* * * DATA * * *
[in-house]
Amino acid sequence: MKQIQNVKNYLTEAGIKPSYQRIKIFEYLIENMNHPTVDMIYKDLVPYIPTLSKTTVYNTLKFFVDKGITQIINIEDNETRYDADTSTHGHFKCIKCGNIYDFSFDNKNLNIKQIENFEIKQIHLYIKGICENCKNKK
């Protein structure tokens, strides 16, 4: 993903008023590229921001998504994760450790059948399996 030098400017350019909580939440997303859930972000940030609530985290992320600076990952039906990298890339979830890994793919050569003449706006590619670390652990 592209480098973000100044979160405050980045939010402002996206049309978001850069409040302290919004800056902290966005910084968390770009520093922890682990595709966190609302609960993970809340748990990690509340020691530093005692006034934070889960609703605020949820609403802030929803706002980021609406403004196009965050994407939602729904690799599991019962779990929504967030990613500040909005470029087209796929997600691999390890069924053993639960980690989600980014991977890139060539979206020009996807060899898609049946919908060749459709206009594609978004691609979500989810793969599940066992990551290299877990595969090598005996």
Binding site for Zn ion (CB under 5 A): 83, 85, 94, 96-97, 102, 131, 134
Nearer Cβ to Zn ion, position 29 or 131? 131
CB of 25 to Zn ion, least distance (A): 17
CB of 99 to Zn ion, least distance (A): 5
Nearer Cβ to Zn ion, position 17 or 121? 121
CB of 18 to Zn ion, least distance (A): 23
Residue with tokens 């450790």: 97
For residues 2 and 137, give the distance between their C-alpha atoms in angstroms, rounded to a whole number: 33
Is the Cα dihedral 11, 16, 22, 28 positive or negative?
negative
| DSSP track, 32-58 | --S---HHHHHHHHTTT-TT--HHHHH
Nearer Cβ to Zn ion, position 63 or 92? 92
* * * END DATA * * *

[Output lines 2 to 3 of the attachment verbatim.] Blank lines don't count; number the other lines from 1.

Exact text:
Amino acid sequence: MKQIQNVKNYLTEAGIKPSYQRIKIFEYLIENMNHPTVDMIYKDLVPYIPTLSKTTVYNTLKFFVDKGITQIINIEDNETRYDADTSTHGHFKCIKCGNIYDFSFDNKNLNIKQIENFEIKQIHLYIKGICENCKNKK
């Protein structure tokens, strides 16, 4: 993903008023590229921001998504994760450790059948399996 030098400017350019909580939440997303859930972000940030609530985290992320600076990952039906990298890339979830890994793919050569003449706006590619670390652990 592209480098973000100044979160405050980045939010402002996206049309978001850069409040302290919004800056902290966005910084968390770009520093922890682990595709966190609302609960993970809340748990990690509340020691530093005692006034934070889960609703605020949820609403802030929803706002980021609406403004196009965050994407939602729904690799599991019962779990929504967030990613500040909005470029087209796929997600691999390890069924053993639960980690989600980014991977890139060539979206020009996807060899898609049946919908060749459709206009594609978004691609979500989810793969599940066992990551290299877990595969090598005996």